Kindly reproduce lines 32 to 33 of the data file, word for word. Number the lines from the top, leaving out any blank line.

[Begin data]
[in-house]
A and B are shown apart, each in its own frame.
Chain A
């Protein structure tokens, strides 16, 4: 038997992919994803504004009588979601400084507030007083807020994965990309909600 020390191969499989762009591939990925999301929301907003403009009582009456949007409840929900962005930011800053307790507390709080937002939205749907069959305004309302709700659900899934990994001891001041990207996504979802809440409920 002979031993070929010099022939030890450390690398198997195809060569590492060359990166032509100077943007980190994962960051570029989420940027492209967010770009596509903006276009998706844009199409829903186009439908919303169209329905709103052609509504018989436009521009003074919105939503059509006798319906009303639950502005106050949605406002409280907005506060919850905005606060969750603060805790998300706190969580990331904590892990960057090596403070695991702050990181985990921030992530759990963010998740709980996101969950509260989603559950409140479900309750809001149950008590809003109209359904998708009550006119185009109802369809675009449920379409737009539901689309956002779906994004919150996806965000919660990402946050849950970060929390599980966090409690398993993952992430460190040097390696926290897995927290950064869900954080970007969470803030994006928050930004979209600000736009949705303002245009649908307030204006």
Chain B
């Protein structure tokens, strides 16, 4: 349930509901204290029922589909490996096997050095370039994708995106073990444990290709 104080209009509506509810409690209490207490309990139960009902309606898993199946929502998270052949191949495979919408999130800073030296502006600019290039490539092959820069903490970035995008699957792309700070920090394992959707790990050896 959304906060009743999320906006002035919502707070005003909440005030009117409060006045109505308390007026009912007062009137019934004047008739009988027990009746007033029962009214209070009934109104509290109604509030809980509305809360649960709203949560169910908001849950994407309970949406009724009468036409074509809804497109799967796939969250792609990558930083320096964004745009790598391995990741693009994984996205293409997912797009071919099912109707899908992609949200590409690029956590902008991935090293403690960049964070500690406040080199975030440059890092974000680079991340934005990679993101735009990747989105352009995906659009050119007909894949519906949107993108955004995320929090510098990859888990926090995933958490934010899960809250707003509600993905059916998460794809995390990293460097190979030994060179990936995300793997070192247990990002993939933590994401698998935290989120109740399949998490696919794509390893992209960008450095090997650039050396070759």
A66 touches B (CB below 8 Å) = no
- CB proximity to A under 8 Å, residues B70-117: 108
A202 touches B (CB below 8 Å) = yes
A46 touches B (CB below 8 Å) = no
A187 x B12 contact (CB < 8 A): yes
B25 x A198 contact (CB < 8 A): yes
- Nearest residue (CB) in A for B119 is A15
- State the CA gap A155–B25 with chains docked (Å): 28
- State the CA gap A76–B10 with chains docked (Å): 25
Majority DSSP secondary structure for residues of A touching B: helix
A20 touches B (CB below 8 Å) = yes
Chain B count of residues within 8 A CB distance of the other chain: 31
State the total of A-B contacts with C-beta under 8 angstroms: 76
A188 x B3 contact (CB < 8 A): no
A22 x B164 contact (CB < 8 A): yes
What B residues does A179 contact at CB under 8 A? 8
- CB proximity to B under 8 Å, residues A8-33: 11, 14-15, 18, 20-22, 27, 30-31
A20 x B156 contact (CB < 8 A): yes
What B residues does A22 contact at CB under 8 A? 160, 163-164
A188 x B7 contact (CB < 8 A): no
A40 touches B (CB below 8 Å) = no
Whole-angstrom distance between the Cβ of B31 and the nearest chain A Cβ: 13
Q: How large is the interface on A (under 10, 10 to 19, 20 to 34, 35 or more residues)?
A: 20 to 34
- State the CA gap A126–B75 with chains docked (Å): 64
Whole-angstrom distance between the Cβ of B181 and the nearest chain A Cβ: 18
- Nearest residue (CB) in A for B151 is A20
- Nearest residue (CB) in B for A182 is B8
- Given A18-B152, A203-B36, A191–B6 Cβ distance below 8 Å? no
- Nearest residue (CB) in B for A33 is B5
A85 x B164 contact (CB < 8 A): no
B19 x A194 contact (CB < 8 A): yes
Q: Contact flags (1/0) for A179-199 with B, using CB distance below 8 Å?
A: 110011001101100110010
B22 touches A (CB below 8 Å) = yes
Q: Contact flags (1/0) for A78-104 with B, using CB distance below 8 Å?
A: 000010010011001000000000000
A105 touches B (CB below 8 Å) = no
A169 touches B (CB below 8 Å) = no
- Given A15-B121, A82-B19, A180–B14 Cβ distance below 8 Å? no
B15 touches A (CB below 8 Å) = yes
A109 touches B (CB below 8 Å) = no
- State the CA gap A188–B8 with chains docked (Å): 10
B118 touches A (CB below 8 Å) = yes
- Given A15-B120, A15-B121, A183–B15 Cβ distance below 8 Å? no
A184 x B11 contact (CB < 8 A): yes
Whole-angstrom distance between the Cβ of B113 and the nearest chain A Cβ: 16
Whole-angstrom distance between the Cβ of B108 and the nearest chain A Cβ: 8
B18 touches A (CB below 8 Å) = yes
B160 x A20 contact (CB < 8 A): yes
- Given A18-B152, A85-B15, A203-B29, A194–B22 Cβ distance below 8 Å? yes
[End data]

Whole-angstrom distance between the Cβ of B181 and the nearest chain A Cβ: 18
- Nearest residue (CB) in A for B151 is A20